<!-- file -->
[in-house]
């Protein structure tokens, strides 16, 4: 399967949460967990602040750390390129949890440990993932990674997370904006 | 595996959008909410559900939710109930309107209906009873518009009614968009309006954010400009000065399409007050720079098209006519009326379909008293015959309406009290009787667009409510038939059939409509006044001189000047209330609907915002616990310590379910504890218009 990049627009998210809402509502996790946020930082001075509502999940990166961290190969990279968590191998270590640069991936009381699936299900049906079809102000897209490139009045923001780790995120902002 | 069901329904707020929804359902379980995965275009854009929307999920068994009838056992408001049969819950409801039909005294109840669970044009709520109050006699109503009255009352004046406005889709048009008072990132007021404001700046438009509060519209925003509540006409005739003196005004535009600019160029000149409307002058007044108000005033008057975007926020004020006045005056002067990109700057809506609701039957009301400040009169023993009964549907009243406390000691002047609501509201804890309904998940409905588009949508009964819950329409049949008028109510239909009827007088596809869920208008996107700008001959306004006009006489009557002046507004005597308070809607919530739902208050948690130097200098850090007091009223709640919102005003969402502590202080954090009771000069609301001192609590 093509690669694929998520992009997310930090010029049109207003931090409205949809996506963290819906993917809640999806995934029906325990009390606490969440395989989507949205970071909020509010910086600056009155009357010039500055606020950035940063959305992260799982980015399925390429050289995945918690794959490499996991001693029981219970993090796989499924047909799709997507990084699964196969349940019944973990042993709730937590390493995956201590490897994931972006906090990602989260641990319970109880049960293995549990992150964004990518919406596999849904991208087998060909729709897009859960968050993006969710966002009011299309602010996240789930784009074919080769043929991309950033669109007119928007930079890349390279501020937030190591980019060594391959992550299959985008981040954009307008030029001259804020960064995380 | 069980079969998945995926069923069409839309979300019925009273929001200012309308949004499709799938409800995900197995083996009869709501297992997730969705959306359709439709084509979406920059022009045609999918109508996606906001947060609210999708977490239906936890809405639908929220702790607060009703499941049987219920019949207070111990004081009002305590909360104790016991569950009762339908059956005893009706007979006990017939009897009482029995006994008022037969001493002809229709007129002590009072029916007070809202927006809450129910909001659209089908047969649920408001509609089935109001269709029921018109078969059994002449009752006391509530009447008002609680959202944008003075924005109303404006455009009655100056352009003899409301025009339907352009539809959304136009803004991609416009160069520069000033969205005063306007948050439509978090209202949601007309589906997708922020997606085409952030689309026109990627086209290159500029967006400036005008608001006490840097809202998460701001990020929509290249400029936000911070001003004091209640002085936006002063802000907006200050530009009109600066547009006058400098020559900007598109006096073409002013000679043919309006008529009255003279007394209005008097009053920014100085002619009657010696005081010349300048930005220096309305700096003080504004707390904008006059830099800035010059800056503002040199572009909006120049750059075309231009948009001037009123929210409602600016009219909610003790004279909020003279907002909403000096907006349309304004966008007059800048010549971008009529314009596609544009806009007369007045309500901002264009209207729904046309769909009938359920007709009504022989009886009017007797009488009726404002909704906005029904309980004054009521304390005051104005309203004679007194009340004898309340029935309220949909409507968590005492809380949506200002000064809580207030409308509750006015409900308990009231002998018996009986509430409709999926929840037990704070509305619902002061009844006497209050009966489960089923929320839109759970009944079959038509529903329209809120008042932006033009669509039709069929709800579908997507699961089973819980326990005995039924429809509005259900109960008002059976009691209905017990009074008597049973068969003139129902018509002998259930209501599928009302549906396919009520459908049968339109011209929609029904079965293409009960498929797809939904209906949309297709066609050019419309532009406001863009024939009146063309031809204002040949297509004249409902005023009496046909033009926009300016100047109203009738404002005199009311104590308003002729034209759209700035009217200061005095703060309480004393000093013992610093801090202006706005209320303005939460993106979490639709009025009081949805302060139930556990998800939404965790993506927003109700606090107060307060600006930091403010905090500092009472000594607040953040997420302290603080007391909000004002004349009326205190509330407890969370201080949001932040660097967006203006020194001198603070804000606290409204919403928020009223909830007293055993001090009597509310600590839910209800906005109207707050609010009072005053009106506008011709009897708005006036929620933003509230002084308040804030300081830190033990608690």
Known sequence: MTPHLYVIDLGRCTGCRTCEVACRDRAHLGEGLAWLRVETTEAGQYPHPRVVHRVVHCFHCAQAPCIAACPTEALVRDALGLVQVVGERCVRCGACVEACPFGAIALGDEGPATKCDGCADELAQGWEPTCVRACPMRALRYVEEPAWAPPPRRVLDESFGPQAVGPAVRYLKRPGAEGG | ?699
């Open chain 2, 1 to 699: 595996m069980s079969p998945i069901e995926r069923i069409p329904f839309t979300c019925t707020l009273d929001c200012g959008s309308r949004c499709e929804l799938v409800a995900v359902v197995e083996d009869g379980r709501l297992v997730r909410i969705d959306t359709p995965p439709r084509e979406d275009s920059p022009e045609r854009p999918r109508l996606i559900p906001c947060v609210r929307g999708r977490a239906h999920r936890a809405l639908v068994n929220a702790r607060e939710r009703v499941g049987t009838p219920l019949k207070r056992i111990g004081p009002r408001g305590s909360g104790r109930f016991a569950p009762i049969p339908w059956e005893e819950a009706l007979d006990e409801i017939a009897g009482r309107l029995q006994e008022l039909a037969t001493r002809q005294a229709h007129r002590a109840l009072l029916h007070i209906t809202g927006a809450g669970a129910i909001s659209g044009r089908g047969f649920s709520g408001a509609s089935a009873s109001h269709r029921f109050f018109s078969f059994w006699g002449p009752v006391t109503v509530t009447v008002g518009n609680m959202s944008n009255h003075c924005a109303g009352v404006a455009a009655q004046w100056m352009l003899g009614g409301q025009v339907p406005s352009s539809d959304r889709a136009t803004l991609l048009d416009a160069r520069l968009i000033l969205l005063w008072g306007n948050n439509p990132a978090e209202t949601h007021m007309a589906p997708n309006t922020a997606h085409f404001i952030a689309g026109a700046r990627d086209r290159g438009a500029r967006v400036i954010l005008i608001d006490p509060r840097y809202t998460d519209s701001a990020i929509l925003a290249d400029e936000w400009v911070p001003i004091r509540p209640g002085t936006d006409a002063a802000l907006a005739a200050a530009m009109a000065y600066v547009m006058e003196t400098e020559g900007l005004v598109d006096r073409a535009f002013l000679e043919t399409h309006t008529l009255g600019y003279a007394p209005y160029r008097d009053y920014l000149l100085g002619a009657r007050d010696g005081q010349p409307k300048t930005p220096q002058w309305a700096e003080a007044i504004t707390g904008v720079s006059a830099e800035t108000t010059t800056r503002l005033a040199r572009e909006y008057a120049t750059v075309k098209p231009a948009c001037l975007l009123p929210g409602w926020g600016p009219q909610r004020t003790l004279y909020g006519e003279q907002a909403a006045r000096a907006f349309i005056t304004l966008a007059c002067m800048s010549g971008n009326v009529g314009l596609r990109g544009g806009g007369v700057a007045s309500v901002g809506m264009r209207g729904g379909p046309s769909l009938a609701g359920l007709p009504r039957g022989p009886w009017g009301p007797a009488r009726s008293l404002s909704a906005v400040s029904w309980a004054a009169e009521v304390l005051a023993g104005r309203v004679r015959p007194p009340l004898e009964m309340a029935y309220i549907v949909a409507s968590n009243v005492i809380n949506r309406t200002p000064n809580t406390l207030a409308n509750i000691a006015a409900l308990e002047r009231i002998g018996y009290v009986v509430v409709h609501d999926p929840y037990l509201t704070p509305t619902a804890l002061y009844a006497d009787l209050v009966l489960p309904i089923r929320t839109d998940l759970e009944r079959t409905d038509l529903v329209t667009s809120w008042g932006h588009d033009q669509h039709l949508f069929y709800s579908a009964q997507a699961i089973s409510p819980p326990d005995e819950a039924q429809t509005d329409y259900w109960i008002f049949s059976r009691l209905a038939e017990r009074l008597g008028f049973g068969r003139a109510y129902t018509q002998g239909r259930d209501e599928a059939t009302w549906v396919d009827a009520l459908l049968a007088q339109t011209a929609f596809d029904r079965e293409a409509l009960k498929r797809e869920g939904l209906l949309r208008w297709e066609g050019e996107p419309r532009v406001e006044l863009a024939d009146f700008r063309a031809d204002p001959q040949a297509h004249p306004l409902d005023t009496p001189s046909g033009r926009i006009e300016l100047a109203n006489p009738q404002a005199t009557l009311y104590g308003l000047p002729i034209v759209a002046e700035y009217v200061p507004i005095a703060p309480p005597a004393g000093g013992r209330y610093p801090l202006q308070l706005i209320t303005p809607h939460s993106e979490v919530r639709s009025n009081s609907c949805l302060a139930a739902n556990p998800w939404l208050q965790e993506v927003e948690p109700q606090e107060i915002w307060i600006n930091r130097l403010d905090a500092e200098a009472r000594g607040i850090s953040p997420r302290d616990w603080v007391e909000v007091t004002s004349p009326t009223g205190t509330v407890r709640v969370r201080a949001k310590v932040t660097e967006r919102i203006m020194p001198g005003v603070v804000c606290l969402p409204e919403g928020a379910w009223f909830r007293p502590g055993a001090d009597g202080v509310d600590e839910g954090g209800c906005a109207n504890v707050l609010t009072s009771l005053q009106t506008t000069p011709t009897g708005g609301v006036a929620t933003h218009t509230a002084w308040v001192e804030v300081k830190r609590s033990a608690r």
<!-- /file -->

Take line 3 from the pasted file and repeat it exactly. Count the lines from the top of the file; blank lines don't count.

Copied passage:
Known sequence: MTPHLYVIDLGRCTGCRTCEVACRDRAHLGEGLAWLRVETTEAGQYPHPRVVHRVVHCFHCAQAPCIAACPTEALVRDALGLVQVVGERCVRCGACVEACPFGAIALGDEGPATKCDGCADELAQGWEPTCVRACPMRALRYVEEPAWAPPPRRVLDESFGPQAVGPAVRYLKRPGAEGG | ?699